Monday, 25 March 2019

Ethiopian Airlines are poised to start legal action against the Washington Post and New York Times

Photo Ethiopian Airlines
Ethiopian Airlines is poised to take legal action against two US media organisations for publishing what they called baseless and factually incorrect.

In a briefing, Ethiopian Group CEO Tewolde GebreMariam confirmed: "we are ready to take all the necessary legal measures on those media institutions." following two different reports that appeared in The Washington Post and New York Times. The airline said the Washington Post article on 21st March, was baseless and factually incorrect, it also said that information produced in the report was without any evidence, collected from unknown and unreliable sources and meant to divert attention from the global grounding of the Boeing 737 MAX aeroplanes.

The airline went on to say it operated with the highest possible standards regarding quality and safety, it was certified by all National, Regional and International regulators like the Ethiopian Civil Aviation Authority, the FAA, EASA, IOSA and ICAO and other National regulatory authorities. 


The airline has seven full flight simulators (Q-400, B-737NG, B-737 MAX, B-767, B-787, B-777 and A-350) to train its pilots and other airlines pilots. It has one of the largest and most modern Aviation Academy with training devices and technologies among the very few in the world. The Airline has invested more than half a Billion dollars in infrastructure only in the last 5 years which is not common in a typical airline.

Ethiopian Airlines also refute the New York Times report entitled, “Ethiopian Airlines Had a Max 8 Simulator, but Pilot on Doomed Flight Didn’t Receive Training”.  The airline countered saying it was one of the safest and most dependable airlines in the world. It also confirmed that Ethiopian pilots have completed the Boeing recommended and FAA approved differences training from the 737 NG aircraft to the 737 MAX aircraft before the phase in of the 737-800 MAX fleet to its operations and before they start flying the B-737-800 MAX.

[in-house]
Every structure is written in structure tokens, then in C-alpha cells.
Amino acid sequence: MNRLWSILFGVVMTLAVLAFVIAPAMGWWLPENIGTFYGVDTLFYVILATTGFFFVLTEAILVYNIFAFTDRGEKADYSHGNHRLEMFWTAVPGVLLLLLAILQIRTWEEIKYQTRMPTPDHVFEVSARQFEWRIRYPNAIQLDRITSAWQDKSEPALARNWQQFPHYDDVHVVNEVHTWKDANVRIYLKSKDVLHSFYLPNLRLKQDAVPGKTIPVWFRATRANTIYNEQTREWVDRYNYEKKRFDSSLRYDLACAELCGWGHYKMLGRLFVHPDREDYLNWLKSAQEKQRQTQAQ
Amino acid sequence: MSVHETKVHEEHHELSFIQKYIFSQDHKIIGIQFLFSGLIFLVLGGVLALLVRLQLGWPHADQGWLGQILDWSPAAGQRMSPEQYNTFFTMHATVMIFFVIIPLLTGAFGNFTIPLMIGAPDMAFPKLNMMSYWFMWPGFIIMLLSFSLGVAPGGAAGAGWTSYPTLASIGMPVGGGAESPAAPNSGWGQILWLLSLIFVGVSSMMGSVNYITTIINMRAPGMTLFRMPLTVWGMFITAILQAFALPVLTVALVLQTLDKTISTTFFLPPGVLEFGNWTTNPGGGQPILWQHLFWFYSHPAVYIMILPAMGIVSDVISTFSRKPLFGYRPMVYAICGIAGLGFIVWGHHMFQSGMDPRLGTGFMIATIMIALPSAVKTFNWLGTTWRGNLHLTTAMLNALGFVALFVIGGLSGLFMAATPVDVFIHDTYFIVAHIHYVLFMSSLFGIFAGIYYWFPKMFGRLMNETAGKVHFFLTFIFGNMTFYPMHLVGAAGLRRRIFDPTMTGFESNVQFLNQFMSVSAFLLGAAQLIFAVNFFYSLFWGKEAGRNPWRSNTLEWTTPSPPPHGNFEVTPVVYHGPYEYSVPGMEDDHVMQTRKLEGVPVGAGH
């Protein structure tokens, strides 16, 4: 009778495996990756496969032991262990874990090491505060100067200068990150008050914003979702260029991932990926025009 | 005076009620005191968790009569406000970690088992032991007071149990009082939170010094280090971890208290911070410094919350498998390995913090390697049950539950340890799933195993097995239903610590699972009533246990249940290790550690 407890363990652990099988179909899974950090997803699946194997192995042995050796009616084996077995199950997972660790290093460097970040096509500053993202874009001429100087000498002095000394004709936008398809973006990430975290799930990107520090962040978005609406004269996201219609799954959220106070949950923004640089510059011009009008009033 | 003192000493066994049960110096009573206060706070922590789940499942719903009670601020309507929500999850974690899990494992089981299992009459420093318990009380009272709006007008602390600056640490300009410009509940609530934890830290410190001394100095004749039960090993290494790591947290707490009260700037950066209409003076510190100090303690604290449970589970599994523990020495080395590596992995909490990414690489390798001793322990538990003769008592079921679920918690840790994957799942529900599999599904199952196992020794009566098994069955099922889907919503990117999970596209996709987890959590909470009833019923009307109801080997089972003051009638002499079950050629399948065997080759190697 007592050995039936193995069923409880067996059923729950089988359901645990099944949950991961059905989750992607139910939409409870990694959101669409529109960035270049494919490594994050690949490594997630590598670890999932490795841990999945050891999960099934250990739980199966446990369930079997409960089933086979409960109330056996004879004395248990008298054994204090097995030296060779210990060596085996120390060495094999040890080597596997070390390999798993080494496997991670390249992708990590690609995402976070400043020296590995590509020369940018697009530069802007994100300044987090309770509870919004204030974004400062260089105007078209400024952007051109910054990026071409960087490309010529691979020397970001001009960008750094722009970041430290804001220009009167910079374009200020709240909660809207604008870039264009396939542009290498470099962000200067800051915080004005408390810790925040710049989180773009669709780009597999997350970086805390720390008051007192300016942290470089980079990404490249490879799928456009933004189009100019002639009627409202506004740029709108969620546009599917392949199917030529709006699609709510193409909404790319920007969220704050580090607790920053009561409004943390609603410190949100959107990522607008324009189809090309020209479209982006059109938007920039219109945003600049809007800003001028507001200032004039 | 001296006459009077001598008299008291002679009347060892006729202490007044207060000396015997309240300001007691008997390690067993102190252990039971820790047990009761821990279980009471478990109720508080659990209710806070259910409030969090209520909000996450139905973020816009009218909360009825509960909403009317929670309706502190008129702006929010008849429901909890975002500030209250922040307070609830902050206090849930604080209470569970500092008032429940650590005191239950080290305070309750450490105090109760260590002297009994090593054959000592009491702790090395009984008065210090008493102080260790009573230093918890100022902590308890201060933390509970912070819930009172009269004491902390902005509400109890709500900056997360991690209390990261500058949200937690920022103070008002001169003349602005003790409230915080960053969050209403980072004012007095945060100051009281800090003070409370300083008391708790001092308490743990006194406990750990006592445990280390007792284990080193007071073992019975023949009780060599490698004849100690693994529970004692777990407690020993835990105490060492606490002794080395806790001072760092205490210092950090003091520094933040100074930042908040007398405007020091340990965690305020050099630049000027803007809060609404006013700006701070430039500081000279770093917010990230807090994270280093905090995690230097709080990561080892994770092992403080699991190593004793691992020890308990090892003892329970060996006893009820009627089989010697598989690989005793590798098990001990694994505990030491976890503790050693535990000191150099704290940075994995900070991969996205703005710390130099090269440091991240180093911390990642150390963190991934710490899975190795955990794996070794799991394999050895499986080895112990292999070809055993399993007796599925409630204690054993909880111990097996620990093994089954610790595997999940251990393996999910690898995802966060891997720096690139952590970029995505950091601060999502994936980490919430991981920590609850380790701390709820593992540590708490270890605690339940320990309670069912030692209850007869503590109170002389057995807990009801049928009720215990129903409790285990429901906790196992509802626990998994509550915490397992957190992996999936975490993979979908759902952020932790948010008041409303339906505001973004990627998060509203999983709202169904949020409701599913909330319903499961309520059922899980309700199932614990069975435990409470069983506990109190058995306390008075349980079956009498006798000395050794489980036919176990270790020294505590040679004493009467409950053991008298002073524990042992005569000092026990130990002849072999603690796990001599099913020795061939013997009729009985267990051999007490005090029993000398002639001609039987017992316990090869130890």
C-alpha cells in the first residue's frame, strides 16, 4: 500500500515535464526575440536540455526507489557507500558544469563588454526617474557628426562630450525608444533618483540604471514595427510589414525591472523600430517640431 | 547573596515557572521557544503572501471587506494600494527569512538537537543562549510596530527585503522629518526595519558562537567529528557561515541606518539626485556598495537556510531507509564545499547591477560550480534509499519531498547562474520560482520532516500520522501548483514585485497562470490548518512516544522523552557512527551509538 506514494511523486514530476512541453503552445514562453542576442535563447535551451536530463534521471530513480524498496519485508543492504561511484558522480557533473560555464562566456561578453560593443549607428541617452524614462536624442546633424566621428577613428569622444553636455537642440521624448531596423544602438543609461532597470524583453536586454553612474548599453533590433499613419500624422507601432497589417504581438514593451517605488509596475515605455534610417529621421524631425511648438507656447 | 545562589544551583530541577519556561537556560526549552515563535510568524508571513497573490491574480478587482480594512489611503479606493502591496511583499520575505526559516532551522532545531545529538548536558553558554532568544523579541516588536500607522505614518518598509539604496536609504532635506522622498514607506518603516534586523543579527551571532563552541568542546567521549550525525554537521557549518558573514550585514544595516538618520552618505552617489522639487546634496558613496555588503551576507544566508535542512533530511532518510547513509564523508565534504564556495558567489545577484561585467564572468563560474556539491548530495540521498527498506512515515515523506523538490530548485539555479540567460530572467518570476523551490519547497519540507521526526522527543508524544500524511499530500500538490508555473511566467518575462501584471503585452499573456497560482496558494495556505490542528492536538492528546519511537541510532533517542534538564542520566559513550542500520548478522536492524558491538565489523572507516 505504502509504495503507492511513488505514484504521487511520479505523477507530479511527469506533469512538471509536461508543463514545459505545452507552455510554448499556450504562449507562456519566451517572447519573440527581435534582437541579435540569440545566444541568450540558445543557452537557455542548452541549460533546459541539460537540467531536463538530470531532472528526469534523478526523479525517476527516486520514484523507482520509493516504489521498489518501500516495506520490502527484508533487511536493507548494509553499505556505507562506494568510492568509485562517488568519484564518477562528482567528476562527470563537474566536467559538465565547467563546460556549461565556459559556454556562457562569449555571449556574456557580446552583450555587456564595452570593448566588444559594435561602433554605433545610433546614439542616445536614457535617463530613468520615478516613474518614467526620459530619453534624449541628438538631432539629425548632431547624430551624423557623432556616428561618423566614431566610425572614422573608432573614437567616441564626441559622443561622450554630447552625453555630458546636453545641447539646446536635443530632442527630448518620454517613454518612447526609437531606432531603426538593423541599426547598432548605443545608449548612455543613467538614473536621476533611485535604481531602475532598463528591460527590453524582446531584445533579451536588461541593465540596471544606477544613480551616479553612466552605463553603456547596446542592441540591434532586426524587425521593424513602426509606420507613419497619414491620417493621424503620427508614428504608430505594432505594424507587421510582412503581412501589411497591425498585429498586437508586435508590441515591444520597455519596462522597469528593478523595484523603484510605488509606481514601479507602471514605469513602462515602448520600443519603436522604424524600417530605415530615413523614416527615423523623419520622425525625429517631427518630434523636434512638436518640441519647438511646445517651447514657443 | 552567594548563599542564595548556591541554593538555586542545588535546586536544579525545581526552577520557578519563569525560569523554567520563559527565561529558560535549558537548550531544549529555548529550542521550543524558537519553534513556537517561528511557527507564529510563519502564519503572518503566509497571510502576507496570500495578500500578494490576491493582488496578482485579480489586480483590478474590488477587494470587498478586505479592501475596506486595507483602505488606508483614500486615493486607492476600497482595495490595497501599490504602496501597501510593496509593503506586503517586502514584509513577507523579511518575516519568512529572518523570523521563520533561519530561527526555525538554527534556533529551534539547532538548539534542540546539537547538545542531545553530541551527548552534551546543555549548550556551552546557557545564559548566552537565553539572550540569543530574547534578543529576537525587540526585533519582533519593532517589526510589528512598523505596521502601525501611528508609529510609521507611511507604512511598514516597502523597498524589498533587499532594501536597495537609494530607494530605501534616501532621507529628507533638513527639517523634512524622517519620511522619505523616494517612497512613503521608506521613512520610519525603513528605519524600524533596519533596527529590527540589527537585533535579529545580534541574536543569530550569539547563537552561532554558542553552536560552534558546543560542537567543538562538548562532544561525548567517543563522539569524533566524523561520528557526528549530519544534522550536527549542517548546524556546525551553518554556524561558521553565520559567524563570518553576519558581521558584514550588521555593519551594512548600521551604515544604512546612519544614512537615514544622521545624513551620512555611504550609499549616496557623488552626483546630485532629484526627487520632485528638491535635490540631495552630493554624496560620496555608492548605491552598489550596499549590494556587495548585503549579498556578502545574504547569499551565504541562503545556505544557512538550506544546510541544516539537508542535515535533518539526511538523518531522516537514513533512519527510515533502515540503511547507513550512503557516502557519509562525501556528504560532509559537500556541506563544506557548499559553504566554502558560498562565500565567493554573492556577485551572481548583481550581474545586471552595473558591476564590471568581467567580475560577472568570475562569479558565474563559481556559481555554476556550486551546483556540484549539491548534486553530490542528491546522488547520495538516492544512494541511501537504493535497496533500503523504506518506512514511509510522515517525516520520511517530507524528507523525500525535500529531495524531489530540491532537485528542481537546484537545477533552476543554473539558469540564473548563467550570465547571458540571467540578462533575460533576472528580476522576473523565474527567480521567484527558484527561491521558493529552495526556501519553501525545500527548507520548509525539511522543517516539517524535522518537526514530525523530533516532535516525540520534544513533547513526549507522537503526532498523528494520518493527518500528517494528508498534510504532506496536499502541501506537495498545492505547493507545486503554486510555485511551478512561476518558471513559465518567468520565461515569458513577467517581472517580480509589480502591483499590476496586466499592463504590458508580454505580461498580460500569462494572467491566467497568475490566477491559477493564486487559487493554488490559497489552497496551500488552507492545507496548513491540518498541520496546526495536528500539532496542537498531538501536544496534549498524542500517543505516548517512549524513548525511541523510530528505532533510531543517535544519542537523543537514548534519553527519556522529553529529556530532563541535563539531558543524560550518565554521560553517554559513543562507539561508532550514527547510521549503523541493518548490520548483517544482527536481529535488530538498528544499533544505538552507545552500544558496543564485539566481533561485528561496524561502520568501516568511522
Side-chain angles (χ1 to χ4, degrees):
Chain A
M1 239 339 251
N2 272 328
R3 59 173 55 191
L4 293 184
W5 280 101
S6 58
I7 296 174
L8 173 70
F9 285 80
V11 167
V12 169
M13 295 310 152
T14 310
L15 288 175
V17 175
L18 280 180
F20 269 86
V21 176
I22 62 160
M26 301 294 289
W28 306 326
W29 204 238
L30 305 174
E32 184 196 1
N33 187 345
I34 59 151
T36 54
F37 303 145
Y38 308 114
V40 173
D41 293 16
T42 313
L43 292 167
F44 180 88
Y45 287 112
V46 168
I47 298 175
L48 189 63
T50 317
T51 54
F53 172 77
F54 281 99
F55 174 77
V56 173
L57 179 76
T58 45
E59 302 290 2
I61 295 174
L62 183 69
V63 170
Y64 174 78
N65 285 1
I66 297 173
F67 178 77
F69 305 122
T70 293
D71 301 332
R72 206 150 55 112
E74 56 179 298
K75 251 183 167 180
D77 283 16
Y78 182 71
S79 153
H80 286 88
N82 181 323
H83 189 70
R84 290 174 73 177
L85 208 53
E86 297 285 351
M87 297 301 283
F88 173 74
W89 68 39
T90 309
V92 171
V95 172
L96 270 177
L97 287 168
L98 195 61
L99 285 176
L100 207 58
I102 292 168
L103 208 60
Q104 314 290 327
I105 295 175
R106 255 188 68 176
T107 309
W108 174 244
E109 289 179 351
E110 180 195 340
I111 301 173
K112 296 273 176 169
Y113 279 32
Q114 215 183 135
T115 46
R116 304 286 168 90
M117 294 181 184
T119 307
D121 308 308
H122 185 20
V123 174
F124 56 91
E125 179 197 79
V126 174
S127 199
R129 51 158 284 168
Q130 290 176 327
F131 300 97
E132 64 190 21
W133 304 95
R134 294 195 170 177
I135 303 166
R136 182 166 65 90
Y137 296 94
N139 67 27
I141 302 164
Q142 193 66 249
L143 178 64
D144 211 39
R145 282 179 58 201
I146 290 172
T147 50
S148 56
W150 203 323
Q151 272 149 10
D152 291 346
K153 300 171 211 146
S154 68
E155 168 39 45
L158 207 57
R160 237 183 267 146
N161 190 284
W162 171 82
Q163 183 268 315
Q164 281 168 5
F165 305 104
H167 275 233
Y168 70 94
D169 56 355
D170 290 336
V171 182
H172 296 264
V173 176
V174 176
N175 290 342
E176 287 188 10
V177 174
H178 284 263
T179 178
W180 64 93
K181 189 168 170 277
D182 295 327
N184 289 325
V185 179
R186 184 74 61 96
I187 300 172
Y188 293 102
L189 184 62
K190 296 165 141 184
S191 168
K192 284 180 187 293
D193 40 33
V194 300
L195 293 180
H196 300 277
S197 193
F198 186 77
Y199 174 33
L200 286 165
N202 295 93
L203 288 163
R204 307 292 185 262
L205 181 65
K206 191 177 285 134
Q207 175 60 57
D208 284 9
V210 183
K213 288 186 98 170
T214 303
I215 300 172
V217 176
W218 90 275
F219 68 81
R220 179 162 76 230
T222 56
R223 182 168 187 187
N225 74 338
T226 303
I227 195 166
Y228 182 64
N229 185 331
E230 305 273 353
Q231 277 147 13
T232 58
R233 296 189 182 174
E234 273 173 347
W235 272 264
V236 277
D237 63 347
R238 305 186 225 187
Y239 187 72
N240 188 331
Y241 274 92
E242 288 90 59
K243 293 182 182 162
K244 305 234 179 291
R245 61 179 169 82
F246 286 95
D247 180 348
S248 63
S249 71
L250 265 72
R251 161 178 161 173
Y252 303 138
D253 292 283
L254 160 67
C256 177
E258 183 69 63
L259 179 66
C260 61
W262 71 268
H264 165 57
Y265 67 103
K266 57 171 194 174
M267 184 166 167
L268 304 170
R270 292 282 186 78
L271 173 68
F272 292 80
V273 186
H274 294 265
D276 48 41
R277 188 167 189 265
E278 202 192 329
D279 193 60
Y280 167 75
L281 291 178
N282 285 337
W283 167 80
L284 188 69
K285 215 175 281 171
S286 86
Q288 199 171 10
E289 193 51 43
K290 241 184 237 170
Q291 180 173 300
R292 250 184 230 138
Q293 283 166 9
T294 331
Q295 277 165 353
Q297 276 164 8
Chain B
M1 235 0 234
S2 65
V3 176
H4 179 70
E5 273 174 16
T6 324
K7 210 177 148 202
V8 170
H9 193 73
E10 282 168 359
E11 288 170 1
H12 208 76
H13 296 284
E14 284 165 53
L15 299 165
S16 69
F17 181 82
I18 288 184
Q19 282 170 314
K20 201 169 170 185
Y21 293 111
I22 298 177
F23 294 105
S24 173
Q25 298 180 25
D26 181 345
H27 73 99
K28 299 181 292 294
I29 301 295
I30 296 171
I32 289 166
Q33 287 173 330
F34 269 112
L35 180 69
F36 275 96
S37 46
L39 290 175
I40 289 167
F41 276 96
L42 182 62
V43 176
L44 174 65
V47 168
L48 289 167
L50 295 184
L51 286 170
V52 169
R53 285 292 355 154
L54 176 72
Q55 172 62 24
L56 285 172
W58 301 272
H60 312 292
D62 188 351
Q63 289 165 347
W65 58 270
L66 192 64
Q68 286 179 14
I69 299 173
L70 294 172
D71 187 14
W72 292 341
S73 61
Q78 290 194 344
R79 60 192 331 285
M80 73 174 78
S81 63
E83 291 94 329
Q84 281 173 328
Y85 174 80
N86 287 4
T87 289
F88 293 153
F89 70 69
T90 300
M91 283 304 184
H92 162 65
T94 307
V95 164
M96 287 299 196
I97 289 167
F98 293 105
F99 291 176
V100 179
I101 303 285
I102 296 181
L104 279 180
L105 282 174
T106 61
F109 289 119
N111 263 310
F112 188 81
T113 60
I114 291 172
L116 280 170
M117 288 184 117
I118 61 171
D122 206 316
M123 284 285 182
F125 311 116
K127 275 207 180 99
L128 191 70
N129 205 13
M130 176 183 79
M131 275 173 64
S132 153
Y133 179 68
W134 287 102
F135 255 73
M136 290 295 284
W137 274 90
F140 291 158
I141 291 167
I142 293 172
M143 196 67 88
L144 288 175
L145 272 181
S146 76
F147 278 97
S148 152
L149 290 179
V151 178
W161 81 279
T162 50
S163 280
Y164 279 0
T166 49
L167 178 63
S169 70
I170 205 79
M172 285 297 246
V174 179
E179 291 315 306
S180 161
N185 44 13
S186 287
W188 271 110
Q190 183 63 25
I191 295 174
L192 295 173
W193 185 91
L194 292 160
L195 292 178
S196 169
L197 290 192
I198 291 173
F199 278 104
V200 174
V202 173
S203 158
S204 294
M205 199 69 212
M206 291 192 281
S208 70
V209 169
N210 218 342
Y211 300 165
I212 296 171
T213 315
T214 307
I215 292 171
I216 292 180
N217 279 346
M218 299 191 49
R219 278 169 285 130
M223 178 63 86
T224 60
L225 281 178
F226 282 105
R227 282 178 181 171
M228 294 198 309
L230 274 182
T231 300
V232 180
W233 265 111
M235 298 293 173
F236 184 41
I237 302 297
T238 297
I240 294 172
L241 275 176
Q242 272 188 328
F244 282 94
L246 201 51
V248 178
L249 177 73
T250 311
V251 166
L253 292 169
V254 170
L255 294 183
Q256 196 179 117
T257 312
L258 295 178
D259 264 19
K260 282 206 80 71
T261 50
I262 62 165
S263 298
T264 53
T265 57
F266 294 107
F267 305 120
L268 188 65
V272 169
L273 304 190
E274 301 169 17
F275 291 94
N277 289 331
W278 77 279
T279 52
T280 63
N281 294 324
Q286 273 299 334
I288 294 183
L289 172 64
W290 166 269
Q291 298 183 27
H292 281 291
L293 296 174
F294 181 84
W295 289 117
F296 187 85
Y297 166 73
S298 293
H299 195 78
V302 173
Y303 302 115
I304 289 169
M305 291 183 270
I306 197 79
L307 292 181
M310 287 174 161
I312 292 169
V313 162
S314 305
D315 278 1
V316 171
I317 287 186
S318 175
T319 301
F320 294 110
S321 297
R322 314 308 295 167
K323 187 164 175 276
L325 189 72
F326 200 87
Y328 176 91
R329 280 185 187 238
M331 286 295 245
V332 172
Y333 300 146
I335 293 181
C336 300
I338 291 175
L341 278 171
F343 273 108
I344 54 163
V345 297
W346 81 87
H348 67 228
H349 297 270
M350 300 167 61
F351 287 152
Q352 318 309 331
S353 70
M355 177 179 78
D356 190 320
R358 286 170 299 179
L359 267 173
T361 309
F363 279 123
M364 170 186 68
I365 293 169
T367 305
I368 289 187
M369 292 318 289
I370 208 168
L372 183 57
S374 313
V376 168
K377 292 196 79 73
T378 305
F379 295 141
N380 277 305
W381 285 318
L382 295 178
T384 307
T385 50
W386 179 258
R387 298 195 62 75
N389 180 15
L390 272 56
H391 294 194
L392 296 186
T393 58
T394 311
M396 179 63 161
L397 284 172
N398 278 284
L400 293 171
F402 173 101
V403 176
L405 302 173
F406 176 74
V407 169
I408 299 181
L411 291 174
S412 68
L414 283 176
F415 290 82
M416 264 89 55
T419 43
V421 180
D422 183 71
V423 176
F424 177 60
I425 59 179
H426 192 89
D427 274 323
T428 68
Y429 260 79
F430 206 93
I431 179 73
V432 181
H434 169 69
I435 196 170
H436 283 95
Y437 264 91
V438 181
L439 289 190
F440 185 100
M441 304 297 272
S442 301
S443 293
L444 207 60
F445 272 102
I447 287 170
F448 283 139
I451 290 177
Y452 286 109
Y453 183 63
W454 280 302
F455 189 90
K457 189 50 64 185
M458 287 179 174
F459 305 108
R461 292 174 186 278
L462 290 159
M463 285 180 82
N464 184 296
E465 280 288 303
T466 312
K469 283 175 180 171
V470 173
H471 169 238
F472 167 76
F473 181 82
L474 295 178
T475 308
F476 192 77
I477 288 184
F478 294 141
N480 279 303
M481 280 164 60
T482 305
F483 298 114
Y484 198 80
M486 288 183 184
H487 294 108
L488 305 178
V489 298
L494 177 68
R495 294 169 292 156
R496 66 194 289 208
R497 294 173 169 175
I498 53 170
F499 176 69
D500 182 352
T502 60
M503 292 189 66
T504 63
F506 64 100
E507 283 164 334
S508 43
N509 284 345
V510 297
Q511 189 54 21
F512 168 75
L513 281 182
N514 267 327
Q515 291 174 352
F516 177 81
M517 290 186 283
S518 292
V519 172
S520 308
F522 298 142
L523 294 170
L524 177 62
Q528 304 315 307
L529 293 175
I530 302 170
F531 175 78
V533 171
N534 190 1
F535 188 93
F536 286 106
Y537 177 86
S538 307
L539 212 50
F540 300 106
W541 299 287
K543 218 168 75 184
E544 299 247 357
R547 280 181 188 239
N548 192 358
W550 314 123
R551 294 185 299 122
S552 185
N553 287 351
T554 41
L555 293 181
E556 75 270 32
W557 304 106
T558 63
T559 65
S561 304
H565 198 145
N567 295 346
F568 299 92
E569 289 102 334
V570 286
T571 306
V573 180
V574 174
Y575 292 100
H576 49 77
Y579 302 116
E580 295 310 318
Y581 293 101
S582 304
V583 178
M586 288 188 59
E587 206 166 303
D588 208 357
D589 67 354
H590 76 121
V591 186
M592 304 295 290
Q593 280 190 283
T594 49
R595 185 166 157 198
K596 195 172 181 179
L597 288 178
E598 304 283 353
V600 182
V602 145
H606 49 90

The pilots had also been made aware of, and well briefed on the Emergency Airworthiness Directive issued by the FAA following the Lion Air accident. The content of the airworthiness directive has also been well incorporated in all pilot training manuals, operational procedures and working manuals.  The airline also stated that the Boeing 737 MAX full flight simulators [globally] is not designed to simulate the Maneuvering Characteristics Augmentation System (MCAS) problems.

There is some industry speculation that the stories were given to The Washington Post and The New York Times, along with a number of other media organisations, in the US, Europe and Africa by members of the Boeing media team or persons working on their behalf. It's reported that the US plane-makers spin machine is in full flight and appears to be spreading false and malicious smear stories regarding Ethiopian Airlines. First came the false assertions that the African carrier had a poor safety record, yet it included hijackings as examples of poor safety by the airline. When those attempts failed to get global traction, then came smears regarding the Ethiopian investigators, how small the department is, its tiny budget and so on. Those were not significant enough to detract from  the 737 Max groundings, so the pressure was stepped up. The Boeing team in Ethiopia complained to the media that representatives from the carrier were assisting with the investigation - saying it was most unusual and should not be allowed, yet of course, they still wanted to be involved themselves.  Local sources suggest that Boeing was strongly against the data recorders going to Europe for detailed analysis, preferring them to be transported to the US. Ethiopian Airlines are said to have preferred the French to analyse the recorder, but they didn't have the latest software to do so, therefore it went to a German lab. There will be more mud slinging before the results of the investigations is known and that follows a tried and tested procedure employed in situations like this, especially when multi-billions of dollars with of business is at stake, as well as something that is hard to buy - a solid and sound reputation.



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